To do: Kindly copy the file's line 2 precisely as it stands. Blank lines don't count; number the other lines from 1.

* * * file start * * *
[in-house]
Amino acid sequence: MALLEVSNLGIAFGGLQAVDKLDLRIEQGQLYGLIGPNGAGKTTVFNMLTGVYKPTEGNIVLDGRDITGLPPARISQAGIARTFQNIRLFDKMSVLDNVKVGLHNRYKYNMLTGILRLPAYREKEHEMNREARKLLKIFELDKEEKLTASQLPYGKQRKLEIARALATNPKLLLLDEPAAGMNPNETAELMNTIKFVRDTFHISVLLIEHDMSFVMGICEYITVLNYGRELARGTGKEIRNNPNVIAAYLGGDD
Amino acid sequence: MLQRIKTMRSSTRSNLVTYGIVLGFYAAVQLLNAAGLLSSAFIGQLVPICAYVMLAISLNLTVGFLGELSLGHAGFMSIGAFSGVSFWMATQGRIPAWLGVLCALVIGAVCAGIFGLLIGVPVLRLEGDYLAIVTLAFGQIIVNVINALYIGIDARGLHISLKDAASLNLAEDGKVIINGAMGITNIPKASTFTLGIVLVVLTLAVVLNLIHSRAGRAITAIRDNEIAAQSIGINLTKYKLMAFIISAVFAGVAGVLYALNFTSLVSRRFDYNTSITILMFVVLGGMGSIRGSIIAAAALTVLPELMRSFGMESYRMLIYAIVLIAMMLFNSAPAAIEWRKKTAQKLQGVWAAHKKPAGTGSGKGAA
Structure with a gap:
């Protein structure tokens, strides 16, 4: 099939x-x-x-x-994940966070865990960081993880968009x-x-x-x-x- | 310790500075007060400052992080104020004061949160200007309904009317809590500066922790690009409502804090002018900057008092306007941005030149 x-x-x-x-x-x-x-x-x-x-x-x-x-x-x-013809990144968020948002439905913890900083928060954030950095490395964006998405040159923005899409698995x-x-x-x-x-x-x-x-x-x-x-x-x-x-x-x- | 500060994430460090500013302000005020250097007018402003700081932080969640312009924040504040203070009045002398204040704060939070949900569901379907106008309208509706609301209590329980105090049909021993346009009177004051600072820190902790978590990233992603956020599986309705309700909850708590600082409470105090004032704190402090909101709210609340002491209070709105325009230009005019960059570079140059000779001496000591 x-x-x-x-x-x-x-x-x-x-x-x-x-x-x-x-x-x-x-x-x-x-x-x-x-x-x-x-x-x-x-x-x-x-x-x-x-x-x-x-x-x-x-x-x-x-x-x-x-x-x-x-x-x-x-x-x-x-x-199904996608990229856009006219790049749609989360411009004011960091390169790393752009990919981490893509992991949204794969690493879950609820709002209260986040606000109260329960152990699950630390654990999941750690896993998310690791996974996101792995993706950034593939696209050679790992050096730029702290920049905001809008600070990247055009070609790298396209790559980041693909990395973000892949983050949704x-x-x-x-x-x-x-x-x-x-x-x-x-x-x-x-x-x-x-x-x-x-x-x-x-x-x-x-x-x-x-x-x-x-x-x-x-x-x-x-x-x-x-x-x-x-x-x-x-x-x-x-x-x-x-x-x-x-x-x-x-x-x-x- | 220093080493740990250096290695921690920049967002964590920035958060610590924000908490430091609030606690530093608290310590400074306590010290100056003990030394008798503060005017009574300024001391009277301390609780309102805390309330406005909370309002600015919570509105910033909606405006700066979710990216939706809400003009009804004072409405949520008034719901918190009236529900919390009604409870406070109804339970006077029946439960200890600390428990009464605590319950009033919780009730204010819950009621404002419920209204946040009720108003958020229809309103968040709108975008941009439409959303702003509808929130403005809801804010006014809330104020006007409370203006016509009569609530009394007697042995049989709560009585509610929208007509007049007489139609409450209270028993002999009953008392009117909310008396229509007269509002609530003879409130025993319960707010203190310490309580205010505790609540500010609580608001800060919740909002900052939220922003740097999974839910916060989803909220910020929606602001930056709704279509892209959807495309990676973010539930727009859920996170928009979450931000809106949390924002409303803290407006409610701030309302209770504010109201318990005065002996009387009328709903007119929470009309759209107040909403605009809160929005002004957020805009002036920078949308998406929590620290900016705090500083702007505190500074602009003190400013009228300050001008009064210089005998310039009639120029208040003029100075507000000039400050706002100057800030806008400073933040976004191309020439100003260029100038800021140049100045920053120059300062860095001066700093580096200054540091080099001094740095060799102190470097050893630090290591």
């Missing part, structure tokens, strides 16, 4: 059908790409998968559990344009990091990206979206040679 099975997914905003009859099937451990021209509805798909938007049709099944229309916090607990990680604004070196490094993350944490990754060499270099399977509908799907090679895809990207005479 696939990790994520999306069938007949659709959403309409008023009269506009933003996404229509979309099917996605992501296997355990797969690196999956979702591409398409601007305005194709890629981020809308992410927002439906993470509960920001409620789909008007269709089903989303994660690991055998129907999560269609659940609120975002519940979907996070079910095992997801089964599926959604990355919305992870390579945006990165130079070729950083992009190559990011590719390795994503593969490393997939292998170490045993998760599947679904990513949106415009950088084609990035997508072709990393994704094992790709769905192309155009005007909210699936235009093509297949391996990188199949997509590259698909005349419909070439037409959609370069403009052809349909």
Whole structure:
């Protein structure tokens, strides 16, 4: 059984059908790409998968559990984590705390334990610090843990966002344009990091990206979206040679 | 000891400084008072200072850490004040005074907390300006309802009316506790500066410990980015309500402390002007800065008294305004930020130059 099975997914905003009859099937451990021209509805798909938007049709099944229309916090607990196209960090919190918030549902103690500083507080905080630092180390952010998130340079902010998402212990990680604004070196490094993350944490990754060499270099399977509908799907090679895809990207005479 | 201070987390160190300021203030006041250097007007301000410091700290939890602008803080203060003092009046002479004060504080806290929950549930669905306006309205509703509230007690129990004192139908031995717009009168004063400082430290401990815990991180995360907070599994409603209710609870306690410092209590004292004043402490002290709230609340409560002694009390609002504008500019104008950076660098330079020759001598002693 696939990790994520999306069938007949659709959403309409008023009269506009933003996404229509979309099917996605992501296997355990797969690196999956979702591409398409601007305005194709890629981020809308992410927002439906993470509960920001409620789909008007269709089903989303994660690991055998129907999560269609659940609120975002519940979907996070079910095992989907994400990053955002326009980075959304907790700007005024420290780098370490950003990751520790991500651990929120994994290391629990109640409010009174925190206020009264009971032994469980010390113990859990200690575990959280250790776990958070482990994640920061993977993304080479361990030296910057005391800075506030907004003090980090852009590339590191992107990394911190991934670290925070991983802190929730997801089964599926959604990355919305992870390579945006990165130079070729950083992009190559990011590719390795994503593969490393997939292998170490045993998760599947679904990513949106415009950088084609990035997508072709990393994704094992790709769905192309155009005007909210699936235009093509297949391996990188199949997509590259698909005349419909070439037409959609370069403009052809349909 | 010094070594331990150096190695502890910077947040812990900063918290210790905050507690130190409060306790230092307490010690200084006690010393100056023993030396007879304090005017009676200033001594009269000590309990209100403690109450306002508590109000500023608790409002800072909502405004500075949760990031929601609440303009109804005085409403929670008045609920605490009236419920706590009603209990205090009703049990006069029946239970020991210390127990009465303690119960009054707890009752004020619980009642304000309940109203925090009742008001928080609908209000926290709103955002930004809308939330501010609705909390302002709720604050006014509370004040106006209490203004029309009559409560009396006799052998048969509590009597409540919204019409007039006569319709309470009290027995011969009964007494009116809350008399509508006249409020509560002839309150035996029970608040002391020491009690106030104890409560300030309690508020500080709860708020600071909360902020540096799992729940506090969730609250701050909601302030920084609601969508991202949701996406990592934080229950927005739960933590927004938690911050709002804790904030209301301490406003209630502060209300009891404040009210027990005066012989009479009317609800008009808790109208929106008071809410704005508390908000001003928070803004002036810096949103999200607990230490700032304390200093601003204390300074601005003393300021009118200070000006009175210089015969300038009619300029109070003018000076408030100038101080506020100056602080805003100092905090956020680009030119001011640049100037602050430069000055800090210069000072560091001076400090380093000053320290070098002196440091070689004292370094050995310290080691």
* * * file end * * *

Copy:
Amino acid sequence: MALLEVSNLGIAFGGLQAVDKLDLRIEQGQLYGLIGPNGAGKTTVFNMLTGVYKPTEGNIVLDGRDITGLPPARISQAGIARTFQNIRLFDKMSVLDNVKVGLHNRYKYNMLTGILRLPAYREKEHEMNREARKLLKIFELDKEEKLTASQLPYGKQRKLEIARALATNPKLLLLDEPAAGMNPNETAELMNTIKFVRDTFHISVLLIEHDMSFVMGICEYITVLNYGRELARGTGKEIRNNPNVIAAYLGGDD